In this study 151 patients with unilateral VN and 1,775 healthy controls were included in the analysis. The mean age of patients with VN (64 females, 42%) was 55.4 ± 14.8 years and the mean age of controls (910 females, 51%) was 55.1 ± 13.4 years, sex showing a slight statistical difference between groups (sex: p = 0.04, age: p = 0.91).

The T allele of rs12979860 located on chromosome 19q13.2 within the first intron of IFNL4, depicted the minor allele with a frequency of 43.4% in cases and 33.9% in healthy controls (Table 1). The control group and the combined sample were in Hardy-Weinberg equilibrium (controls: χ2 = 0.05, p = 0.82 and combined sample: χ2 = 0.88, p = 0.35), whereas the case group showed a slight deviation (χ2 = 7.77, p = 0.005).


Table 1. Allele and genotype frequencies of rs12979860.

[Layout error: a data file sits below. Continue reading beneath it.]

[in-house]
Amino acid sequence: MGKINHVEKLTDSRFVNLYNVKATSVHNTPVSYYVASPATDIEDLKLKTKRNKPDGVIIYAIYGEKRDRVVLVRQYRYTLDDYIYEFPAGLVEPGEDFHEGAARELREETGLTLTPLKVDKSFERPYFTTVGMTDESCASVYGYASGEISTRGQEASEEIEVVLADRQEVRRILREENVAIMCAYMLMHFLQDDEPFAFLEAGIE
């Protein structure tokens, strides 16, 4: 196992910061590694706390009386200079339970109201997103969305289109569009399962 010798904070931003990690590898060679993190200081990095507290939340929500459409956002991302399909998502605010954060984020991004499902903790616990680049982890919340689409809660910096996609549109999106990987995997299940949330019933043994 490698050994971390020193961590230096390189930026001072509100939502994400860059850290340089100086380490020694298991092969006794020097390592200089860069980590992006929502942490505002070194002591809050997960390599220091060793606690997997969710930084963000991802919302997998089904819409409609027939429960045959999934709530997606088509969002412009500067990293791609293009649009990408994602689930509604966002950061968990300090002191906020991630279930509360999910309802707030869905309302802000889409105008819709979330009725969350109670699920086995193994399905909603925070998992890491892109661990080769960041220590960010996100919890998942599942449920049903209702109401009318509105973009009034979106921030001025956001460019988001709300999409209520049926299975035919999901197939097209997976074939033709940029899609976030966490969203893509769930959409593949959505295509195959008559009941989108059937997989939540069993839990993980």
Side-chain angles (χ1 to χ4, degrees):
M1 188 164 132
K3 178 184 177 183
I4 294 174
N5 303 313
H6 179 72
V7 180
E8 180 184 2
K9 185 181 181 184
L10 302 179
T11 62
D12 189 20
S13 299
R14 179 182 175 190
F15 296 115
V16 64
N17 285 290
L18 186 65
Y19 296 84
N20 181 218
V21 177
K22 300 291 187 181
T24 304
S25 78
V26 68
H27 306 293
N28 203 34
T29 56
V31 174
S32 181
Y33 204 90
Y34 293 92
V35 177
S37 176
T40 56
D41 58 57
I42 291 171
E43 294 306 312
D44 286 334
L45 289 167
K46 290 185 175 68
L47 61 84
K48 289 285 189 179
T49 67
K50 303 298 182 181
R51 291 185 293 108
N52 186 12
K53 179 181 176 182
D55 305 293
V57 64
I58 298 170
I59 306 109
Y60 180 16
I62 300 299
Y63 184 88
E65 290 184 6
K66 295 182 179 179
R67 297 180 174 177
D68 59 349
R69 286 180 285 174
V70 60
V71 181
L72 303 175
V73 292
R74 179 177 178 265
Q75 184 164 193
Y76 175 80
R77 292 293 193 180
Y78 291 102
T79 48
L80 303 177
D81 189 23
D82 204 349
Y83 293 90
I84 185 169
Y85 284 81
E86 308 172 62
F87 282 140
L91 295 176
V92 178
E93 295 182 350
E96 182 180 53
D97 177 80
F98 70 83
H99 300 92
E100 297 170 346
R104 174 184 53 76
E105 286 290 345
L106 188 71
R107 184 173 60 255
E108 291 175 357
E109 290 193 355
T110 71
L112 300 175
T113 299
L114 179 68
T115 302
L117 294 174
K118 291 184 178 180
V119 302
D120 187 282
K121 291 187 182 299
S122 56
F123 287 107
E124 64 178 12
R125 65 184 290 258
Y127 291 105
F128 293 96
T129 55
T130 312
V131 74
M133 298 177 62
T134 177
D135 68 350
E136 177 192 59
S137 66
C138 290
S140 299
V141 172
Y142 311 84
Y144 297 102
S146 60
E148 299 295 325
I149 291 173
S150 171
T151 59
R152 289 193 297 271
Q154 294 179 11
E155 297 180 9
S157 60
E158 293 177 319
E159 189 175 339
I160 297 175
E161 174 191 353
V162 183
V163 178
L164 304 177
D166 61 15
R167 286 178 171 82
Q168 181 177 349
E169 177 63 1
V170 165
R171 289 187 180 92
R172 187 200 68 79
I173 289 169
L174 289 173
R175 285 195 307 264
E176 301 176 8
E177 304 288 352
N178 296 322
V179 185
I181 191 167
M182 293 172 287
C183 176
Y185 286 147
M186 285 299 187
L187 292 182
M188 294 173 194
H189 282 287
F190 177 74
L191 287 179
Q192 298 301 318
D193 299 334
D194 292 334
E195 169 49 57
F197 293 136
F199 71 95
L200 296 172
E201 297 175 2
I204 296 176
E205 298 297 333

For association analyses in this case-control study, additive, recessive and dominant logistic regression models corrected for age and sex were calculated. The results are summarized in Table 2. The additive model revealed a significant association of rs12979860 with VN (p = 9.23 × 10−4, OR = 1.51, 95% CI = 1.18–1.92), with the T allele being more prevalent in the VN group compared to the control group. A significant result was also found in the calculation of the dominant model (carriers of the minor allele TT + CT vs. homozygote carriers of the major allele CC). This resulted in an OR of 2.15 (95% CI = 1.48–3.13) for carriers of the T allele and compared to healthy controls, the proportion of T allele carriers was higher in the VN group. Using the recessive model, no significant association was found. Based on the results of our study, a power calculation was performed, which yielded a statistical power of 92.17% for the additive model (OR = 1.51) and 98.60% for the dominant model (OR = 2.15).